RPD in the context of Personal Protection has two components. The first is Recognizing what is happening. The second is making a Decision about what to do about it. That Decision is the result of overlaying our ‘Options’ on ‘People’ and ‘Situations’ to achieve an appropriate response. Our response represents the Confront and Resist components of the Avoid, Escape, Confront, Resist model. The best decisions are made in advance and then implemented in the moment of need.
Part I of the series Recognition Primed Decision-making (part I) discussed the types of people we might encounter.
- Benign person
- Angry person
- Predator or angry person with personal weapons (fists, shod feet, etc.)
- Angry person or predator with a contact weapon
- Predator or angry person with a projectile weapon(s)
Examples of situations were also discussed.
- Area of limited visibility such as a parking deck
- Walking alone in unfamiliar territory
- Being in the presence of a person who makes us uncomfortable
- Having an unknown person approach us
- Being home in a state of Unawareness or Unfocused on personal protection
Part II Recognition Primed Decision-making (part II) listed our Reactions or Options to an attempted predation.
- Submit (at least temporarily)
Our Confront and Resist Options are based on our personal situation and value choices. These can change over time or rapidly, even second to second. A person may not be initially comfortable with carrying potentially lethal tools but be perfectly comfortable with unarmed combat or non-lethal tools. As time goes on, they may become more comfortable with a wider range of Options or they may not.
Changes in available tools varies with the situation. For instance, a person may not choose to carry a firearm in their place of employment but instead to lock it in their vehicle while working. During the walk from the business place to the vehicle, they might only be equipped with pepper spray and a flashlight. Immediately upon entering and locking the vehicle, the person may don a handgun and impact tool. During the walk, the person may choose a previously developed response tactic that only involves using the tools on their person. While this may not be the optimal solution, it is the one available at the time. Upon upgrading their Defense Condition https://en.wikipedia.org/wiki/DEFCON with a handgun, the chosen tactic may be different.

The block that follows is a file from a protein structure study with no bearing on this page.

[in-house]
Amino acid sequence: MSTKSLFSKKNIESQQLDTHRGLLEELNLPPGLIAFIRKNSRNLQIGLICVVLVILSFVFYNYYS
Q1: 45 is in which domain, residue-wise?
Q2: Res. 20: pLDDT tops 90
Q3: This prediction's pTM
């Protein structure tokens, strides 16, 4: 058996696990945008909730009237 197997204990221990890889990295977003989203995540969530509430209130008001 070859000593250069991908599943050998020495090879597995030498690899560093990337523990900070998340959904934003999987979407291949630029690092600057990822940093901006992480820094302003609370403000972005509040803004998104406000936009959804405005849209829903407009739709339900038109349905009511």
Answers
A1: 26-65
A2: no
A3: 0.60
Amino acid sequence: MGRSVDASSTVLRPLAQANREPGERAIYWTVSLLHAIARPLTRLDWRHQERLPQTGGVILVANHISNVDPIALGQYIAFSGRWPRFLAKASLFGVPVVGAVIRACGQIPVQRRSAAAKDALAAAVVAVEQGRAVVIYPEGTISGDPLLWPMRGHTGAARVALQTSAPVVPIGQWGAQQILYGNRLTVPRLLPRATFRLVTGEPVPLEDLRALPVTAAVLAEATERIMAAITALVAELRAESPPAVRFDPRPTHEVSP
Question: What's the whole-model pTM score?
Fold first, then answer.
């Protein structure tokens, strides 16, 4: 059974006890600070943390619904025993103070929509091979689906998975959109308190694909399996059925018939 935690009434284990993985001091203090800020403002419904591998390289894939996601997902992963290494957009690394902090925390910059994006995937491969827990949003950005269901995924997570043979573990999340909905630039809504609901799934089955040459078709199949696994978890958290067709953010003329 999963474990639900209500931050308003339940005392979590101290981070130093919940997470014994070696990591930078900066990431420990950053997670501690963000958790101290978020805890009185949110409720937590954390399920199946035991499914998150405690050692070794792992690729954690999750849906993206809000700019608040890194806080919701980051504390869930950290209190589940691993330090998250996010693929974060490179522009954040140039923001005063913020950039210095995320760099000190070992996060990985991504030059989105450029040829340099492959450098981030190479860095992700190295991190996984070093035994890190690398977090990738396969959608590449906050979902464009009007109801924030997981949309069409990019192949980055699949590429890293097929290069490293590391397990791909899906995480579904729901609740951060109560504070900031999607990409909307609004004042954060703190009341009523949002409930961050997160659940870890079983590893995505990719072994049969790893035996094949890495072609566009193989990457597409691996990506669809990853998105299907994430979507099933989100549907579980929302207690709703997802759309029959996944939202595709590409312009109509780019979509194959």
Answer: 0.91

It’s useful to view the context of Boyd’s Process as an iterative and interactive model between two parties rather than the single party static model usually described. In a predation, the predator will make the first move, the intended victim will respond with a Reaction or Option, and then the predator will choose or react from his/her range of Options.
A predator also has a group of Options/Reactions when the intended victim begins to Confront or Resist rather than being caught up in the Victim Mix. Part V will explore what these are and how they affect our Decisions.
Tactical Professor books (all PDF)
- Thinking Clearly about Self-defense and Personal Protection https://www.payloadz.com/go?id=3377208
- Real Shootouts of the LAPD https://realshootoutsofthelapd.com/
- Serious Mistakes Gunowners Make http://seriousgunownermistakes.com
- Indoor Range Practice Sessions http://indoorrangepracticesessions.com
- Concealed Carry Skills and Drills http://concealedcarryskillsanddrills.com
- Advanced Pistol Practice http://bit.ly/advancedpistolpractice
- Shooting Your Black Rifle http://shootingyourblackrifle.com
- Package deal of Thinking Clearly about Self-defense and Personal Protection, Serious Mistakes, Indoor Sessions, Concealed Carry, and Shooting Your Black Rifle (50% off) https://store.payloadz.com/details/2644448-ebooks-sports-shooting-drills-package.html
If you can find it to take it, I recommend Southnarc’s Managing Unknown Contacts class, which for me was the Friday evening portion of ECQC.
It covers many of these ideas as well. I think a shortened portion is also found online in the usual places.